# of syllables stuttered/total syllables
  35. What does % syllables stuttered not take into acount
    blockages
  36. Stuttering like dysfluencies
    • -Part word repetitions
    • -Repetitions of one syllable words
    • -Prolongations
    • -Blocks
    • -Broken words
  37. Non- stuttering like dysfluencies
  38. -Interjections
    • -Revisions or abandoned utterances
    • -Multisyllabic phrase repetitions
  39. What are the treatment goals for borderline and beginning stuttering?
    • -Spontaneous fluency
    • -No stuttering
    • -No conscious effort in stuttering
  40. What are the treatment goals for intermediate and advanced stuttering?
    • -Controlled fluency
    • -Easy stuttering
    • -Improved attitude toward communication
  41. What is stuttering modification
    • -Change feelings/attitudes
    • -Minimal data collection
    • -Non-behavioral
    • -Techniques to regain control of stutter
  42. What is fluency shaping
    • -Little emphasis on feelings
    • -Heavy data collection
    • -Behavior modification
    • -Techniques to eliminate stuttering
  43. Indirect approaches to borderline stuttering
    Do not talk directly about stuttering, and may  not work with child (works with parents, environment, etc)
  44. Direct approaches to borderline stuttering
    Non-programmed behavioral approach addressing disfluencies, teaching control of speech musculature
  45. Monitoring
    • -watch and see approach
    • -used w/ child who has been stuttering a year or less (no add'l speech problems)
    • -recordings should be made monthly and analyzed to see if changes are
    • being made in the right direction.
  46. Zembrowski Plan A
    Basically indirect approach
  47. Zembroqski plan B
    PLan A + direct approach (directly treat child) if there is a family history of stuttering
  48. Signs that an indirect approach is not working
    • -no reduction of disfluencies
    • -increase awareness of stuttering to child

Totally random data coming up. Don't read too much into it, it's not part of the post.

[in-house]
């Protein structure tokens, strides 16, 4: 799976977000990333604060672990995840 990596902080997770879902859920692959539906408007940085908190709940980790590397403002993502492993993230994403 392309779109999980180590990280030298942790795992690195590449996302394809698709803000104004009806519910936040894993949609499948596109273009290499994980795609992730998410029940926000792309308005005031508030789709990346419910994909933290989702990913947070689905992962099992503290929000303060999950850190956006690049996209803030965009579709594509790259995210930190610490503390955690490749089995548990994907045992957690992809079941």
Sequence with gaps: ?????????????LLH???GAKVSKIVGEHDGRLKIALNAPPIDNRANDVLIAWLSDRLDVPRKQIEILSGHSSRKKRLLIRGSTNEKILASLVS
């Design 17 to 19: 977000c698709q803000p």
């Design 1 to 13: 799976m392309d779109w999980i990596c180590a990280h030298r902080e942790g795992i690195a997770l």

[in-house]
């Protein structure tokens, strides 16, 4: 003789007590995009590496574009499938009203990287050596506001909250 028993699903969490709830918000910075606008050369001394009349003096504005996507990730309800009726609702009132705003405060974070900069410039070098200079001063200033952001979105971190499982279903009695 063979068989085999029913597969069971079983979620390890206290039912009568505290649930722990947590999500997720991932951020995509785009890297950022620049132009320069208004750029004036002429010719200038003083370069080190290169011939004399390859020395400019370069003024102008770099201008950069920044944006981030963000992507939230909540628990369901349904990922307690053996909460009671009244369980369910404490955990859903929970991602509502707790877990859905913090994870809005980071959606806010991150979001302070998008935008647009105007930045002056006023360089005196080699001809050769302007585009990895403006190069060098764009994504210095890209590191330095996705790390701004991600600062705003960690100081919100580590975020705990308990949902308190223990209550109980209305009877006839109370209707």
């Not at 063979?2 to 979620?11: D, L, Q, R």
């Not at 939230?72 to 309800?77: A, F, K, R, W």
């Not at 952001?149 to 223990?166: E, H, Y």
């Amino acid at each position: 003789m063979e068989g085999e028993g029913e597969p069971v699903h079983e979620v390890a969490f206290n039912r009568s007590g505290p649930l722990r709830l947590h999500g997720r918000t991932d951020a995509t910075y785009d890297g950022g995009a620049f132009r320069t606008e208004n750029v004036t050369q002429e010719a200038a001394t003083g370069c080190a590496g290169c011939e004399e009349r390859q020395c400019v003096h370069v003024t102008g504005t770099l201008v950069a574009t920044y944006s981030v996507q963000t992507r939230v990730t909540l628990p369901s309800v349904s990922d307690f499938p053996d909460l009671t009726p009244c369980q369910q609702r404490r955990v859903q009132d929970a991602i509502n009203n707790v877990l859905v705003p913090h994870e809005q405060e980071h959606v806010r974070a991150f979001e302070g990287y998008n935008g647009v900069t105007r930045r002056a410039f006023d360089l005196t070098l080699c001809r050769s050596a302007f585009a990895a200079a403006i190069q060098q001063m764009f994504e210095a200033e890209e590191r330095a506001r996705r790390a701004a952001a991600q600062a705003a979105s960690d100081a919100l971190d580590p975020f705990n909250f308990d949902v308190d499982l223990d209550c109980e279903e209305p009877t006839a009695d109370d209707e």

• -increased tension and struggle on childs part
    • -increased parental concern
  49. Stoker Probe
    • question asking hierarchy (5 levels)
    • -clock
    • -simple wh
    • -difficult wh
    • -tell me everything you know about _____
    • -tell me a story about this
  50. Behavioral treatment of stuttering
    requires clinicians who do what two things
    • 1. understand the concepts of how to eliminate stuttered speech
    • 2. use these concepts flexibly and creatively to formulate clinical procedures.
  51. operants
    responses that can be controlled by the consequences that follow them
  52. Reinforcement
    • a consequence that results in an increase
    • in the frequency of the desired behavior
  53. Positive reinforcement
    • Presentation of a positive stimulus
    • contingent on occurrence of desired behavior
  54. Negative reinforcement
    • Removal of an aversive stimulus
    • after occurrence of the desired behavior
  55. What is "oops, that was a bumpy word" an example of?
    punishment
  56. What are the four treatment targets
    • 1. Stutter free speech
    • 2. Self-monitoring
    • 3. Self-evaluation
    • 4. Compliance
  57. Acquisition
    reduction of stuttering in the clinic
  58. Generalization
    reduction in stuttering in situations outside the clinic (particularly social settings)
  59. Social validation
    verification of reduced stuttering by an independent observer in an outside situation
  60. Maintenance
    Continued reduction of stuttering even after treatment has ended
  61. Non programmed behavioral treatment
    • -operant procedures but in no set order
    • -start with speaking approprite to child then progress on
    • -Lidcome
  62. Programmed behavioral treatment
    • -use operant in small systematic steps
    • -Child must make certain amount of progress before moving onto the next step
    • -GILCU and ELU
  63. Lindcome Program
    • Goal: stutter free speech by eliminating stuttering and increasing the length of the speech intervals not containing stuttering 
    • In convo parent asks child to repeat phrases stuttered, and reinforces non-stuttered words
  64. GILCU
    • Gradual Increase in Length and Complexity of Utterance
    • 54 steps from reading to monologue
    • Fluency shaping
    • older children
  65. ELU
    • Extended Length of Utterance
    • 20 graduate steps
    • No imitative utterances
    • Reinforce fluent speech
    • Time out for stutter
    • Criterion to move from step to step
  66. FRP
    • Fluency Rules Program
    • Fluency shaping
    • Universal, primary, secondary rules
    • Reminded of rules by hand signals
    • Made into pleasurable activity for child
  67. Taught to all children, focus on slowing speech rate, 1 word at a time,
    Universal Rules
  68. speech breathing, mr voice box running smoothly, and speech helpers (let your lips touch like a butterfly) are examples of what
    Primary rules
  69. This method uses only the speech helpers and show that the secondary behaviors have nothing to do with talking
    secondary rules
  70. How is FRP implemented?
    Use gestures and old ears/happy ears
  71. stuttering modification
    • easy stutters
    • shows how to alter tense moments
  72. identification
    Describe what speech is like objectively